Some landlords are incredibly proactive in staying up to date with regulations, while others only respond when there are consequences of not doing so. For many landlords, the threat of a sizable penalty is often enough of an incentive to ensure they act, and The Electrical Safety Standards in the Private Rented Sector (England) Regulations 2020 carries a substantial penalty for landlords who fail to comply.
The headline element of the Act is local authorities have the power to impose a fine of up to £30,000 on landlords who don’t comply with regulations. This should be enough of a threat that landlords pay attention to the rules, and make changes where necessary.
Be prepared for regulatory changes
Although the Act is still to be approved by the House of Commons and the House of Lords, it will likely come into effect on the 1st of July 2020. Therefore, this is an essential date for your diary, and it is recommended landlords make any required changes before this date.
All new tenancies which start on or after the 1st of July 2020 must adhere to the new regulations. This means landlords must ensure the rental accommodation holds a five-year electrical safety certificate. The test must be carried out by a qualified and registered electrician.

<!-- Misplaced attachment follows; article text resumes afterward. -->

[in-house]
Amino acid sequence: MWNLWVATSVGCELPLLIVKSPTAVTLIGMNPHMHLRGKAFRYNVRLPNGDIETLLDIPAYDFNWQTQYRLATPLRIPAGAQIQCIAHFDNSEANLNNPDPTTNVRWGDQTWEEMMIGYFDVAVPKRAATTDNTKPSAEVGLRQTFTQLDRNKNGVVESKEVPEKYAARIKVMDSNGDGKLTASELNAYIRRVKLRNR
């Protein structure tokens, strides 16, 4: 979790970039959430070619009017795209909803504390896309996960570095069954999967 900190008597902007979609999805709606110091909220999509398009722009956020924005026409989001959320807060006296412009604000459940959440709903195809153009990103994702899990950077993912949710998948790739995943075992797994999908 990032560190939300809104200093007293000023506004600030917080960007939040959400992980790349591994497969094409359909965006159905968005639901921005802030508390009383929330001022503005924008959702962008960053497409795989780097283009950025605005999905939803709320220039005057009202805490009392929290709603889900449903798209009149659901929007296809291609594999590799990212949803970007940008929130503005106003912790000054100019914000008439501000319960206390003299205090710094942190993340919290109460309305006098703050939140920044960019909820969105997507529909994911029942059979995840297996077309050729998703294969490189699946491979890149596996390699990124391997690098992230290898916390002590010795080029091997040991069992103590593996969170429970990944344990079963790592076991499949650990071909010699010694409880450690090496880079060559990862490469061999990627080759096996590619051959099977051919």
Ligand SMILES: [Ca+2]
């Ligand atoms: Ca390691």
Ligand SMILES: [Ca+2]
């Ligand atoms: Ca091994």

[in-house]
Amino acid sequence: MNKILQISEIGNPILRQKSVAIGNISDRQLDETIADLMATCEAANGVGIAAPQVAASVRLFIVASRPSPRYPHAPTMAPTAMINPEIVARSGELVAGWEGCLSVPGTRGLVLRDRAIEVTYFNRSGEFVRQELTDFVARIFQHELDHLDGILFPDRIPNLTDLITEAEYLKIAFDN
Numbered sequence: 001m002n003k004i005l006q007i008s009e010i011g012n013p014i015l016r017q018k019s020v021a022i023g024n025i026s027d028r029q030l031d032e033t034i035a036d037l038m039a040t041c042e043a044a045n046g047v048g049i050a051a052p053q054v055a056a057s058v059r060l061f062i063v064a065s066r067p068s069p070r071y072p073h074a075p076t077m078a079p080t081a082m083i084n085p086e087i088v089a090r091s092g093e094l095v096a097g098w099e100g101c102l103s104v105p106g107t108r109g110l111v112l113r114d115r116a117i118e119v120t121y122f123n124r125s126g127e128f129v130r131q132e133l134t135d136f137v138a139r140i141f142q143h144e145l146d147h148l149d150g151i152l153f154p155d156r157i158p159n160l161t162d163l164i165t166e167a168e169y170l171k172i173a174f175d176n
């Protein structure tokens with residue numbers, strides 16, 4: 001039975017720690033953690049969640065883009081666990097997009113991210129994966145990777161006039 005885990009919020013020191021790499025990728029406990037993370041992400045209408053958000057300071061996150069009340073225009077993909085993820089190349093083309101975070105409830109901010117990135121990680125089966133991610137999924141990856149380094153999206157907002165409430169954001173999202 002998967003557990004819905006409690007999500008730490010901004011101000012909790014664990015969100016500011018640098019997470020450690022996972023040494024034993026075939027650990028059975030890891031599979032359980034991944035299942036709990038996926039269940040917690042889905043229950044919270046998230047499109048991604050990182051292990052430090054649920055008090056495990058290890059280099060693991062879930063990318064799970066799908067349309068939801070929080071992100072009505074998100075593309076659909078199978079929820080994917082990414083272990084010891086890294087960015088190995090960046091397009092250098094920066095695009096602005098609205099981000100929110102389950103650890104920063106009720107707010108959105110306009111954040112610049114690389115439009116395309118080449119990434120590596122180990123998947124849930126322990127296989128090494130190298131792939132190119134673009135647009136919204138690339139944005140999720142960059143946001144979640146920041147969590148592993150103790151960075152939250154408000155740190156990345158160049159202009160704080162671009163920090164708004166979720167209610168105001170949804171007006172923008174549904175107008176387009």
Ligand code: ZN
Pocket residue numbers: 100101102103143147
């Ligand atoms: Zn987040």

The certificate will provide a renewal date when the next test must be undertaken. This will typically be five years, but in some cases, it may be less time. Landlords must act on the shortest time, so if the report issued after the test states a time of less than five years, this is the relevant date.
Existing tenancies must follow the Act by 2021
For existing leases, the Act becomes relevant on 1st of April 2021. This may seem like a long time away, but it will be better for landlords to be prepared in advance of this date. Also, if a tenant’s plans change and they leave a tenancy before this date, the Act becomes relevant for the new tenant moving into the property. Therefore, landlords may have to act quickly, so it is best to be familiar with the Act as soon as possible.
If you are familiar with the Gas Safety certificate requirements, you will be comfortable with what you must do to adhere to the new regulations. Tenants should receive a copy of the Gas Safety certificate within 28 days of the certificate being issued. Landlords should provide new tenants with a copy of the certificate before they move into the property.
Potential new tenants have the right to request a copy of the certificate. Also, when landlords are asked to provide a copy of the certificate to their local authority, they should do so within seven days. Bearing in mind the size of the penalty a local council can impose on landlords who fail to comply with the regulations, it is best to follow these guidelines.
If you are a landlord in Bridgend and you want to ensure you comply with all regulations, please get in touch. At Hunters Bridgend, we are always happy to hear from you, and we look forward to assisting you throughout 2020.